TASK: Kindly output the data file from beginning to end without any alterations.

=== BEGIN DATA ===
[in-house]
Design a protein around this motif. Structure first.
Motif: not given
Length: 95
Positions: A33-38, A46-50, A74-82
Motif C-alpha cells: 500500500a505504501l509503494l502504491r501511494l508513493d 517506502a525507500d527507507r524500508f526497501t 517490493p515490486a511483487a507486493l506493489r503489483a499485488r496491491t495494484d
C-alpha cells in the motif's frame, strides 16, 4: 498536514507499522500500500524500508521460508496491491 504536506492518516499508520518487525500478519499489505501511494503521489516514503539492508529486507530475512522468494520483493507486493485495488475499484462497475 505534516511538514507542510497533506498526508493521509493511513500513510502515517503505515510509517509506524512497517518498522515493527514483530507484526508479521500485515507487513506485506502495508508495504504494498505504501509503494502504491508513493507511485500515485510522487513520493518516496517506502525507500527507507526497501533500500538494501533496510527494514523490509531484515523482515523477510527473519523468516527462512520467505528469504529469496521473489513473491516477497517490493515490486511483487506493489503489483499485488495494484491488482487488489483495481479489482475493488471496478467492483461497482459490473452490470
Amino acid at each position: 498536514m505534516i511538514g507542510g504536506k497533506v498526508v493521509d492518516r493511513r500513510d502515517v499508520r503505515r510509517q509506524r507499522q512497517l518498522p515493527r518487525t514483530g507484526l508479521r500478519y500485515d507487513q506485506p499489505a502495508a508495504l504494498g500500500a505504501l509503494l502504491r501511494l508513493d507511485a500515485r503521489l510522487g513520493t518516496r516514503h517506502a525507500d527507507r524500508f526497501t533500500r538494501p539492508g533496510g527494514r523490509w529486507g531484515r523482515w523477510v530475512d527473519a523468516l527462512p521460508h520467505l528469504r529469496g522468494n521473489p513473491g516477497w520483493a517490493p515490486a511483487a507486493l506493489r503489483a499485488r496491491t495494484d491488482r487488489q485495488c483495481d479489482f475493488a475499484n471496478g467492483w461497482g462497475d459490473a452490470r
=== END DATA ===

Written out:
[in-house]
Design a protein around this motif. Structure first.
Motif: not given
Length: 95
Positions: A33-38, A46-50, A74-82
Motif C-alpha cells: 500500500a505504501l509503494l502504491r501511494l508513493d 517506502a525507500d527507507r524500508f526497501t 517490493p515490486a511483487a507486493l506493489r503489483a499485488r496491491t495494484d
C-alpha cells in the motif's frame, strides 16, 4: 498536514507499522500500500524500508521460508496491491 504536506492518516499508520518487525500478519499489505501511494503521489516514503539492508529486507530475512522468494520483493507486493485495488475499484462497475 505534516511538514507542510497533506498526508493521509493511513500513510502515517503505515510509517509506524512497517518498522515493527514483530507484526508479521500485515507487513506485506502495508508495504504494498505504501509503494502504491508513493507511485500515485510522487513520493518516496517506502525507500527507507526497501533500500538494501533496510527494514523490509531484515523482515523477510527473519523468516527462512520467505528469504529469496521473489513473491516477497517490493515490486511483487506493489503489483499485488495494484491488482487488489483495481479489482475493488471496478467492483461497482459490473452490470
Amino acid at each position: 498536514m505534516i511538514g507542510g504536506k497533506v498526508v493521509d492518516r493511513r500513510d502515517v499508520r503505515r510509517q509506524r507499522q512497517l518498522p515493527r518487525t514483530g507484526l508479521r500478519y500485515d507487513q506485506p499489505a502495508a508495504l504494498g500500500a505504501l509503494l502504491r501511494l508513493d507511485a500515485r503521489l510522487g513520493t518516496r516514503h517506502a525507500d527507507r524500508f526497501t533500500r538494501p539492508g533496510g527494514r523490509w529486507g531484515r523482515w523477510v530475512d527473519a523468516l527462512p521460508h520467505l528469504r529469496g522468494n521473489p513473491g516477497w520483493a517490493p515490486a511483487a507486493l506493489r503489483a499485488r496491491t495494484d491488482r487488489q485495488c483495481d479489482f475493488a475499484n471496478g467492483w461497482g462497475d459490473a452490470r